Thirty-one-year-old Runcie Chidebe is a youth activist and founder of Project PINK BLUE – a cancer nonprofit, engaged in reducing the incidence of cancer and phasing-out the late or advanced diagnosis of cancer in Nigeria. He speaks about his work creating awareness about cancer, providing free cancer screenings, and supporting people battling with cancer in poor, rural and hard-to-reach communities
What can you say inspired Project PINK BLUE, as a nonprofit working to reduce cancer by creating awareness about cancer and providing free cancer screenings in Nigeria?
I was one of those young Nigerians who always criticized political leaders for their failure in the area of governance but I later told myself I could do something to make a difference, instead of just lamenting the failure of leadership. I thought I needed to start something and it occurred to me that cancer was one disease that was not being given priority attention; in terms of both funding and awareness creation.
And that was how I started Project PINK BLUE while I was undergoing the mandatory National Youth Service Corps (NYSC) scheme at Abuja in 2013. So, I reached out to my friends and we started pulling our resources together and also reaching out to other people for partnership to implement programmes aimed at reducing cancer by creating awareness about it and providing free cancer screenings.
Nigeria’s Minister of Health recently said 50% of Nigerians dying abroad while in search of medical care, die of various types of cancer. How serious is the cancer challenge in Nigeria and Africa?
Cancer is really a terrible disease and what the minister said is true, the challenge is that most of those being diagnosed with cancer in Nigeria only get diagnosed with the disease while it is at its stage 3 and stage 4; at that level the cancer has already spread from one organ of the body to another.
For instance, if it is prostate cancer, it could have already spread to the lung or liver which makes it very difficult to treat as such what can only happen at that level is palliative care to manage it. This is the situation not only in Nigeria but across Africa. Although more people are diagnosed with cancer in Western countries than in sub Saharan Africa more people die of cancer in sub Saharan Africa. It is really pathetic!
Why is it that there are more people diagnosed with cancer in the West yet more people are dying of cancer in Africa than in the West? This has to do with our dilapidated medical infrastructure which means people don’t get diagnosed of cancer at its early stages. Most importantly, people don’t go for regular cancer screenings because screening in most cases only takes place when an NGO is offering it – free of charge!
In so many parts of Africa there are no comprehensive cancer treatment centers and that is why cancer appears to be a death sentence in Nigeria and across Africa; compared to other parts of the world.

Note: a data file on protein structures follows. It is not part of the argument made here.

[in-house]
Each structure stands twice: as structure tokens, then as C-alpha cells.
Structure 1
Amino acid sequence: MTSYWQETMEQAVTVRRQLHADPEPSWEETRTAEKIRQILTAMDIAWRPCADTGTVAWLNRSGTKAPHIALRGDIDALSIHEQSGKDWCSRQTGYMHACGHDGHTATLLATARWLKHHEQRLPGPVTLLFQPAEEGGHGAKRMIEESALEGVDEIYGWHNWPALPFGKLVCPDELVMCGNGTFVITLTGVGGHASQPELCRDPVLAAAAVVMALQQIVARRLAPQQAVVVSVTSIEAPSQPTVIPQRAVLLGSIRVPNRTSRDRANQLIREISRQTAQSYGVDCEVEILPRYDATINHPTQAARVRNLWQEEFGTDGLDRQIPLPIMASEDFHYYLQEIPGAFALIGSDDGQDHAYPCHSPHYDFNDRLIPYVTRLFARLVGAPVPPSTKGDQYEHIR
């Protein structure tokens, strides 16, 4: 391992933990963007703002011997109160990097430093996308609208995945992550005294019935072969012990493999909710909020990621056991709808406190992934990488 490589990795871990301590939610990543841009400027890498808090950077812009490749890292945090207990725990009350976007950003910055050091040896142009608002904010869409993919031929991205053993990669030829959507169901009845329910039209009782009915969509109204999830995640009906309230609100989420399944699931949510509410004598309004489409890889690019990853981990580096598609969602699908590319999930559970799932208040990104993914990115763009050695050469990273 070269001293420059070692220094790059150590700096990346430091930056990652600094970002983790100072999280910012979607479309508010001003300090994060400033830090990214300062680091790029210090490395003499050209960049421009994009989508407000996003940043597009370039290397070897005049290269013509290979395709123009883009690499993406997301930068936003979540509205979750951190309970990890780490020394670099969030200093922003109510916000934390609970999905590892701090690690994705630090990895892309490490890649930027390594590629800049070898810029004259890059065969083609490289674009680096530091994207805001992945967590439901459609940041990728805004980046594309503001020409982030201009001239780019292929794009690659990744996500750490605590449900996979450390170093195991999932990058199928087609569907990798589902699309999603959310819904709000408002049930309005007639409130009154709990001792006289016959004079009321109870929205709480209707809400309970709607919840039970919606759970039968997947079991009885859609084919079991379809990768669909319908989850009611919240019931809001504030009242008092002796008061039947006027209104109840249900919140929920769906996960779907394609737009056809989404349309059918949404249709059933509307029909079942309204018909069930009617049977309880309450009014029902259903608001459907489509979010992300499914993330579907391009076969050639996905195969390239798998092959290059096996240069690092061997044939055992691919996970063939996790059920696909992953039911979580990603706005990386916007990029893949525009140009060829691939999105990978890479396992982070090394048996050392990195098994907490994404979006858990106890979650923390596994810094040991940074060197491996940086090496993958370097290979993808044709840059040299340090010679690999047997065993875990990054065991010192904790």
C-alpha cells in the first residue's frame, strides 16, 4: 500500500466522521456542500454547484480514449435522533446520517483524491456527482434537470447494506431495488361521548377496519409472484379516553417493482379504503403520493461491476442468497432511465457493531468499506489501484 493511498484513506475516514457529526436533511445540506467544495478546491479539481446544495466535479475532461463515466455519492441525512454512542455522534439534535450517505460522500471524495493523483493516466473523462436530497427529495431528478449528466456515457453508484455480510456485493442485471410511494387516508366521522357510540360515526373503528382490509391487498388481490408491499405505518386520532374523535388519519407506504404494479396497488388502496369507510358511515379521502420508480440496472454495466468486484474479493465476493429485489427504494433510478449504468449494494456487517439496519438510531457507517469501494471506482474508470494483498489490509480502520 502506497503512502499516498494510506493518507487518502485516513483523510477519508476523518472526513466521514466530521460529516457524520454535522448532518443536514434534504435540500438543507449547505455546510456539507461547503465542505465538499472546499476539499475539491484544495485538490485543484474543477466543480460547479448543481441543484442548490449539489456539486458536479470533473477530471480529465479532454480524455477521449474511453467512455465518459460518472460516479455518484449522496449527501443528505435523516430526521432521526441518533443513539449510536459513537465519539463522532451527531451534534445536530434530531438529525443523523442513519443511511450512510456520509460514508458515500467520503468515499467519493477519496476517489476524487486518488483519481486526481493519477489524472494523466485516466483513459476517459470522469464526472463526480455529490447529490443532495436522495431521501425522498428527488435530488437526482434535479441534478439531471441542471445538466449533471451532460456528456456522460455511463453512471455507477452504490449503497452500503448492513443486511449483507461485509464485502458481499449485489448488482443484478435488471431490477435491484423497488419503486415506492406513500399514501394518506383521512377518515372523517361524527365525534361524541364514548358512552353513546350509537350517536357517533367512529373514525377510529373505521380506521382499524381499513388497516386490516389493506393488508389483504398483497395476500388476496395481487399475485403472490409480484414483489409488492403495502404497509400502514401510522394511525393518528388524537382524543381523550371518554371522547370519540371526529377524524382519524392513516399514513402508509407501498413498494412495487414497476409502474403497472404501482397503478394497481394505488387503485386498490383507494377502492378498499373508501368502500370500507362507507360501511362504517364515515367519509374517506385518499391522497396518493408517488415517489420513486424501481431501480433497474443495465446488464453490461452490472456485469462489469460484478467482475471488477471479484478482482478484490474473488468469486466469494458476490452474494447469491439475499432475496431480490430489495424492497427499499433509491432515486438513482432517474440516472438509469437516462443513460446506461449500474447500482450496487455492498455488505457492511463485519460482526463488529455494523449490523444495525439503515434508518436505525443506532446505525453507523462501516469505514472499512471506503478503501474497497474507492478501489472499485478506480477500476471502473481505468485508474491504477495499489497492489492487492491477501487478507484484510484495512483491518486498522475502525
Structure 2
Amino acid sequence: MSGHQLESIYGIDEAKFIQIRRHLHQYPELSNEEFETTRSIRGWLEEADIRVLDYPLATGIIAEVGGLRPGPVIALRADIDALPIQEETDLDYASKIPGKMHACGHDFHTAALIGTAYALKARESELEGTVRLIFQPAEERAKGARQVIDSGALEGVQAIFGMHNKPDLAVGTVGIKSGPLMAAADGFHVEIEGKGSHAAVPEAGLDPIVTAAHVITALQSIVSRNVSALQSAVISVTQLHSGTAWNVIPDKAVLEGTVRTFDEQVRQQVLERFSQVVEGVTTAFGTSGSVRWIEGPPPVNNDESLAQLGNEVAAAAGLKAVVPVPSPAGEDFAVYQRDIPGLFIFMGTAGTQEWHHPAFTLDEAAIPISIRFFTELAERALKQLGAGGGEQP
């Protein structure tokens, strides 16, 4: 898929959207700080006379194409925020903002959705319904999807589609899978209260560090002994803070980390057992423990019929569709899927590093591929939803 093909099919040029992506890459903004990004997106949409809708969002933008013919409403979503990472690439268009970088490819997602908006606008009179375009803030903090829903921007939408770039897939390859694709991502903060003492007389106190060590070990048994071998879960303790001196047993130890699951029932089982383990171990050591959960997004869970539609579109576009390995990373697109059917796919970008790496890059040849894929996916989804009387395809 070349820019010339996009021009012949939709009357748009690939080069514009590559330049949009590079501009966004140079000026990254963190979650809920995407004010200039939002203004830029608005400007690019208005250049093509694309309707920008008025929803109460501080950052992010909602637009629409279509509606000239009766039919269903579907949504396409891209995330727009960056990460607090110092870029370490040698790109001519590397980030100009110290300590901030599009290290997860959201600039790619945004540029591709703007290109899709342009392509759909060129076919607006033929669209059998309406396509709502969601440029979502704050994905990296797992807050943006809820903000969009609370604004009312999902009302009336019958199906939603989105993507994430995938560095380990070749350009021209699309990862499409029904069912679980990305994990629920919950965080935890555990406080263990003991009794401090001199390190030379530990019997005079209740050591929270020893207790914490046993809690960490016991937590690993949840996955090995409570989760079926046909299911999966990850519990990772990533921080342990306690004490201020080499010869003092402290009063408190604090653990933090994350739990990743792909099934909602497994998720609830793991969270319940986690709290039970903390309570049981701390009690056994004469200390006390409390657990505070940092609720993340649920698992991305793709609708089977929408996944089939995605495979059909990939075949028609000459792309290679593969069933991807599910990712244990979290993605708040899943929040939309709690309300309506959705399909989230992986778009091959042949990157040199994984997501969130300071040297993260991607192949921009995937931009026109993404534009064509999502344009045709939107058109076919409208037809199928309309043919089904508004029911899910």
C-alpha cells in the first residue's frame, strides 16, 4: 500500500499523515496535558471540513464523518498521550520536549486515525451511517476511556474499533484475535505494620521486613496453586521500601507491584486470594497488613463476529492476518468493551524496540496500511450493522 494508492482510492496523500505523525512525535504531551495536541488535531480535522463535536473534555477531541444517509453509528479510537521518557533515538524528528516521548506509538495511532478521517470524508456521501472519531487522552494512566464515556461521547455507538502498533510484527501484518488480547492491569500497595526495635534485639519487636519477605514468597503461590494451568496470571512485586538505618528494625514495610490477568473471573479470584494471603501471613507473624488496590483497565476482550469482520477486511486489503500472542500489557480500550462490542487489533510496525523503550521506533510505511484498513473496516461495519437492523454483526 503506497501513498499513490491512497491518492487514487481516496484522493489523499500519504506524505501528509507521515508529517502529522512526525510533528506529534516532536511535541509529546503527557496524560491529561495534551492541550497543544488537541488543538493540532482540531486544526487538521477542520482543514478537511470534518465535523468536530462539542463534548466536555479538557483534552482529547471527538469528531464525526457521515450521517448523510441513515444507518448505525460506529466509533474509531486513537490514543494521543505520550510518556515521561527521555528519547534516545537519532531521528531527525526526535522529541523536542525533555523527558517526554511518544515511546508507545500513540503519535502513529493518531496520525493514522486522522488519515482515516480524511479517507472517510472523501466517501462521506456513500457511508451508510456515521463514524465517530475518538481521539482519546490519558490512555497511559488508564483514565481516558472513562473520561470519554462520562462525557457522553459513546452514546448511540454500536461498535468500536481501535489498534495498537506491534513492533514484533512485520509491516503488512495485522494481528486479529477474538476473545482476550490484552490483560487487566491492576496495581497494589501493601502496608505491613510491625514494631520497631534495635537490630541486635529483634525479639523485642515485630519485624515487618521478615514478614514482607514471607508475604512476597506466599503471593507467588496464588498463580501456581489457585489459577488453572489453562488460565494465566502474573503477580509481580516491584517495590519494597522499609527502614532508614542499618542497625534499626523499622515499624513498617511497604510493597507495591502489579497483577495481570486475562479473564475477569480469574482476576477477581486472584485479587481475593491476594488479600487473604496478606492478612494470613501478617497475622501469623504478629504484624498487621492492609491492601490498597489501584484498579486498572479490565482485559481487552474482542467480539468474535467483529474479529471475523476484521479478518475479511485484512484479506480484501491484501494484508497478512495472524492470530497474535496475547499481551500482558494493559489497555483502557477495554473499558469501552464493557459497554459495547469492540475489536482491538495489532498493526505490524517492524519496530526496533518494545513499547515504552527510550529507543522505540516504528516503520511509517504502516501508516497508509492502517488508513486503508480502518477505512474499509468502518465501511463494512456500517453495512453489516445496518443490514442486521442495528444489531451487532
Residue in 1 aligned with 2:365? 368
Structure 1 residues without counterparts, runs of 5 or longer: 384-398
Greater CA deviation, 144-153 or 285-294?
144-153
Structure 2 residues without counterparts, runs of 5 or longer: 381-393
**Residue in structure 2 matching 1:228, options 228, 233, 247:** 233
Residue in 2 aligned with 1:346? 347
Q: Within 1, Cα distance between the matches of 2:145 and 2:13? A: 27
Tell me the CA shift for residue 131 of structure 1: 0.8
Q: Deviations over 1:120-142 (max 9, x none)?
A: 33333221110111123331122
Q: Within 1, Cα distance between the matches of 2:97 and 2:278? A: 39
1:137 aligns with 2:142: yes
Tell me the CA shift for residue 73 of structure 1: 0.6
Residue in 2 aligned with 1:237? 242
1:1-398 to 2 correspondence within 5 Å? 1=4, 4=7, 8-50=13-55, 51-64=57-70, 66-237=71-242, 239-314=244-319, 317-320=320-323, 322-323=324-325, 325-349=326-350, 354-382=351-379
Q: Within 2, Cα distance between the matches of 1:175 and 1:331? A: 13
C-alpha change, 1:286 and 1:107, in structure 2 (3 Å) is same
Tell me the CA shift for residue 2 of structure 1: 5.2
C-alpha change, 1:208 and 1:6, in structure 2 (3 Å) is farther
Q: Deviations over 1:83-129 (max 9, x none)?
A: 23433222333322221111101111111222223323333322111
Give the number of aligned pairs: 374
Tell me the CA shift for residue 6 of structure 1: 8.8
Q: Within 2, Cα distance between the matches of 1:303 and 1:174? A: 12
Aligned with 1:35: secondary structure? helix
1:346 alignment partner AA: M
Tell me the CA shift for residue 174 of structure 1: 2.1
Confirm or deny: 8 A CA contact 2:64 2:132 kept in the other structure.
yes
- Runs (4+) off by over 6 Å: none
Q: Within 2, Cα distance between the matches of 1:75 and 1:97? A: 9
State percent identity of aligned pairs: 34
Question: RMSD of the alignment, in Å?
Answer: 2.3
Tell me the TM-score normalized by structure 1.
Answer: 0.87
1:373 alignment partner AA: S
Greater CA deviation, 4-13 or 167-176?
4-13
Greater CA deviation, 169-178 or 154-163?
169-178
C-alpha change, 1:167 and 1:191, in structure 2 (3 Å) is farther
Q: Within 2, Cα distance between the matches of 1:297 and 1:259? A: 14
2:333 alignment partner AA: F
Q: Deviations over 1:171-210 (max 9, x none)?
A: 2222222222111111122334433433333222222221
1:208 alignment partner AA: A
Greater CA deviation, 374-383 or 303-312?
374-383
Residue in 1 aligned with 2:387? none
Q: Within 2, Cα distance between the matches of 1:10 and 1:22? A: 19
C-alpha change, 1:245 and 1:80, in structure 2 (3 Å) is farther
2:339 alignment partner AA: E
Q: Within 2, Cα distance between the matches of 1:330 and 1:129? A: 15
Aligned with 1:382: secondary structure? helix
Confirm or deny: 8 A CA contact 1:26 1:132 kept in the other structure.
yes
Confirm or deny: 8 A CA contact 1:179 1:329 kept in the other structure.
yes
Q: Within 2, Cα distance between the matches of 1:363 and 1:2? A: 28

How far have you gone in creating awareness about cancer and providing medical outreaches including free screenings for people in hard-to-reach communities in Nigeria?
We have been creating awareness on especially the most prevalent cancers which include breast, cervical, prostate and liver cancers. The prevalence of these cancers differs between the 2 genders. We have been using different platforms to create awareness on the importance of early detection, treatment as well as providing palliative care for the disease, including organizing awareness events.
For example, every year we organize an event to commemorate World Cancer Day, which we host in partnership with Transcorp Hilton. What we usually do is mobilize people from different places to come and have free breast, cervical and prostate cancer screenings as well as provide them with Information, Education and Communication (IEC) materials on cancer. Moreover, every October we host a big cancer walk in Lagos.
We have also organized community outreaches across Nigeria including in Niger and Anambra states. Last June, we provided free cancer treatment to 5000 Nigerian women and the programme was supported by the wife of the vice president of Nigeria, Dolapo Osinbajo.
Earlier in 2016, we trained 45 nurses from across Nigeria on improving their capacity to provide treatment to cancer patients, with the support of the US Embassy in Nigeria. Beyond that, we understand the need to engage with policymakers towards a better policy on cancer, thus we have been engaging with the legislature and Ministry of Health to ensure cancer is made a national health priority.
Project PINK BLUE, Premium Times Centre for Investigative Journalism (PTCIJ) and Partnership for Advocacy in Child and Family Health (PACFaH) recently hosted a National Health Dialogue in Abuja which looked at various issues around public health including cancer. What was the experience like?
Project PINK BLUE have been planning a cancer survivors’ conference to provide a platform for cancer survivors to share their stories when Premium Times said why don’t we all come together and use a singular platform to uplift not just the voice of cancer survivors but issues around healthcare in general.
The dialogue was highly impactful and it was interesting learning from other healthcare stakeholders from across Nigeria as well as engaging with policymakers including the Minister of Health who was there personally and the vice president who was represented at the event.
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